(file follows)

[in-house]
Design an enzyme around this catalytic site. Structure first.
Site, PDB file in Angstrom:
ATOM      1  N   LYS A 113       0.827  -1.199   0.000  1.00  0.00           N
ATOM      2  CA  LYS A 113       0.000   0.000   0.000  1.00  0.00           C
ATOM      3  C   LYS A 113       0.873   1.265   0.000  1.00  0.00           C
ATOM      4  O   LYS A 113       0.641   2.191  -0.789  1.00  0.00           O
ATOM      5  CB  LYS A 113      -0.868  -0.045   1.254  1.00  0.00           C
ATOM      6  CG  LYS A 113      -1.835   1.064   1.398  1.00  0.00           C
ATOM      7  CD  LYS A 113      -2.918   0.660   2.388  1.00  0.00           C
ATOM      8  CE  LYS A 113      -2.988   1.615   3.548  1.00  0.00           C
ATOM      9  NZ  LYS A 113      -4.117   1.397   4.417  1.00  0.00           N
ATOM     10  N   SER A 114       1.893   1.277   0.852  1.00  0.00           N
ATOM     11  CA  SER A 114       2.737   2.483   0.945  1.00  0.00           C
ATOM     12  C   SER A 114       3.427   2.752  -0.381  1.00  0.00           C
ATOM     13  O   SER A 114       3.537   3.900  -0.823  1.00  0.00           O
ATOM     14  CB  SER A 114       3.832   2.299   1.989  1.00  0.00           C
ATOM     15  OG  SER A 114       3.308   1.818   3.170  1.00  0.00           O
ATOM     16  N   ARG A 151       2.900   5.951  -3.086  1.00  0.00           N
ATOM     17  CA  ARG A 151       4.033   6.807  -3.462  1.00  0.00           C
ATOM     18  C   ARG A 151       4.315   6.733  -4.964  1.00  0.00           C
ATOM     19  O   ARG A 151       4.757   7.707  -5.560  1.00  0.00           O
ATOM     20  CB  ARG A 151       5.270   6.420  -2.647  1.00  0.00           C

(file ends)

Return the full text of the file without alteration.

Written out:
[in-house]
Design an enzyme around this catalytic site. Structure first.
Site, PDB file in Angstrom:
ATOM      1  N   LYS A 113       0.827  -1.199   0.000  1.00  0.00           N
ATOM      2  CA  LYS A 113       0.000   0.000   0.000  1.00  0.00           C
ATOM      3  C   LYS A 113       0.873   1.265   0.000  1.00  0.00           C
ATOM      4  O   LYS A 113       0.641   2.191  -0.789  1.00  0.00           O
ATOM      5  CB  LYS A 113      -0.868  -0.045   1.254  1.00  0.00           C
ATOM      6  CG  LYS A 113      -1.835   1.064   1.398  1.00  0.00           C
ATOM      7  CD  LYS A 113      -2.918   0.660   2.388  1.00  0.00           C
ATOM      8  CE  LYS A 113      -2.988   1.615   3.548  1.00  0.00           C
ATOM      9  NZ  LYS A 113      -4.117   1.397   4.417  1.00  0.00           N
ATOM     10  N   SER A 114       1.893   1.277   0.852  1.00  0.00           N
ATOM     11  CA  SER A 114       2.737   2.483   0.945  1.00  0.00           C
ATOM     12  C   SER A 114       3.427   2.752  -0.381  1.00  0.00           C
ATOM     13  O   SER A 114       3.537   3.900  -0.823  1.00  0.00           O
ATOM     14  CB  SER A 114       3.832   2.299   1.989  1.00  0.00           C
ATOM     15  OG  SER A 114       3.308   1.818   3.170  1.00  0.00           O
ATOM     16  N   ARG A 151       2.900   5.951  -3.086  1.00  0.00           N
ATOM     17  CA  ARG A 151       4.033   6.807  -3.462  1.00  0.00           C
ATOM     18  C   ARG A 151       4.315   6.733  -4.964  1.00  0.00           C
ATOM     19  O   ARG A 151       4.757   7.707  -5.560  1.00  0.00           O
ATOM     20  CB  ARG A 151       5.270   6.420  -2.647  1.00  0.00           C